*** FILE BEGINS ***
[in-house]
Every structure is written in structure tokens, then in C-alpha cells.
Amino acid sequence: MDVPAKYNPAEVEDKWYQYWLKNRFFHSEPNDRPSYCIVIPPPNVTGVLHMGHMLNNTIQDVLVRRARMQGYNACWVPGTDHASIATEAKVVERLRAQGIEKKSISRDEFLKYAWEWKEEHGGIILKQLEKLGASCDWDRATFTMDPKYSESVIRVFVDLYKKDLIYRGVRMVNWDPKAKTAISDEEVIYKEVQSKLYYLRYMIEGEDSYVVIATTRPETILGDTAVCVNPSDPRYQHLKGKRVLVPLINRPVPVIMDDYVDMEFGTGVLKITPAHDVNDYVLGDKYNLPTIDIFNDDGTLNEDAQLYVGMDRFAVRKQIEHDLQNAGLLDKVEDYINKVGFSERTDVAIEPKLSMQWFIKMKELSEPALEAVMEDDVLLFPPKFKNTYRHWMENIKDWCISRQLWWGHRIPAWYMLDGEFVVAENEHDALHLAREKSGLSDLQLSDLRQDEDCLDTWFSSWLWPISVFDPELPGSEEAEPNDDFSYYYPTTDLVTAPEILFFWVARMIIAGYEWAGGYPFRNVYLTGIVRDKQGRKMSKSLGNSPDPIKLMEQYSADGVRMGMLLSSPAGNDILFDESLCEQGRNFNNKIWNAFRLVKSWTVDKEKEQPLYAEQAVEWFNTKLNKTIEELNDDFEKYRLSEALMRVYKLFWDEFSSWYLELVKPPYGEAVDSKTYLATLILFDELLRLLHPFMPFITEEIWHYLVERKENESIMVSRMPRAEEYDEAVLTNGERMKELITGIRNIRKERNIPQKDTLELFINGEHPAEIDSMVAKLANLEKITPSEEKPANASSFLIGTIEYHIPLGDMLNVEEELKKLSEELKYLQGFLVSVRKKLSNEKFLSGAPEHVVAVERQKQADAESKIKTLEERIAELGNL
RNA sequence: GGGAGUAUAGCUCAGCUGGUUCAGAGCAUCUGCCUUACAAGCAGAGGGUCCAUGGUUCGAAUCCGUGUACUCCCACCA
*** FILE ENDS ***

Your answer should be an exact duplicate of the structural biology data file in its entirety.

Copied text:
[in-house]
Every structure is written in structure tokens, then in C-alpha cells.
Amino acid sequence: MDVPAKYNPAEVEDKWYQYWLKNRFFHSEPNDRPSYCIVIPPPNVTGVLHMGHMLNNTIQDVLVRRARMQGYNACWVPGTDHASIATEAKVVERLRAQGIEKKSISRDEFLKYAWEWKEEHGGIILKQLEKLGASCDWDRATFTMDPKYSESVIRVFVDLYKKDLIYRGVRMVNWDPKAKTAISDEEVIYKEVQSKLYYLRYMIEGEDSYVVIATTRPETILGDTAVCVNPSDPRYQHLKGKRVLVPLINRPVPVIMDDYVDMEFGTGVLKITPAHDVNDYVLGDKYNLPTIDIFNDDGTLNEDAQLYVGMDRFAVRKQIEHDLQNAGLLDKVEDYINKVGFSERTDVAIEPKLSMQWFIKMKELSEPALEAVMEDDVLLFPPKFKNTYRHWMENIKDWCISRQLWWGHRIPAWYMLDGEFVVAENEHDALHLAREKSGLSDLQLSDLRQDEDCLDTWFSSWLWPISVFDPELPGSEEAEPNDDFSYYYPTTDLVTAPEILFFWVARMIIAGYEWAGGYPFRNVYLTGIVRDKQGRKMSKSLGNSPDPIKLMEQYSADGVRMGMLLSSPAGNDILFDESLCEQGRNFNNKIWNAFRLVKSWTVDKEKEQPLYAEQAVEWFNTKLNKTIEELNDDFEKYRLSEALMRVYKLFWDEFSSWYLELVKPPYGEAVDSKTYLATLILFDELLRLLHPFMPFITEEIWHYLVERKENESIMVSRMPRAEEYDEAVLTNGERMKELITGIRNIRKERNIPQKDTLELFINGEHPAEIDSMVAKLANLEKITPSEEKPANASSFLIGTIEYHIPLGDMLNVEEELKKLSEELKYLQGFLVSVRKKLSNEKFLSGAPEHVVAVERQKQADAESKIKTLEERIAELGNL
RNA sequence: GGGAGUAUAGCUCAGCUGGUUCAGAGCAUCUGCCUUACAAGCAGAGGGUCCAUGGUUCGAAUCCGUGUACUCCCACCA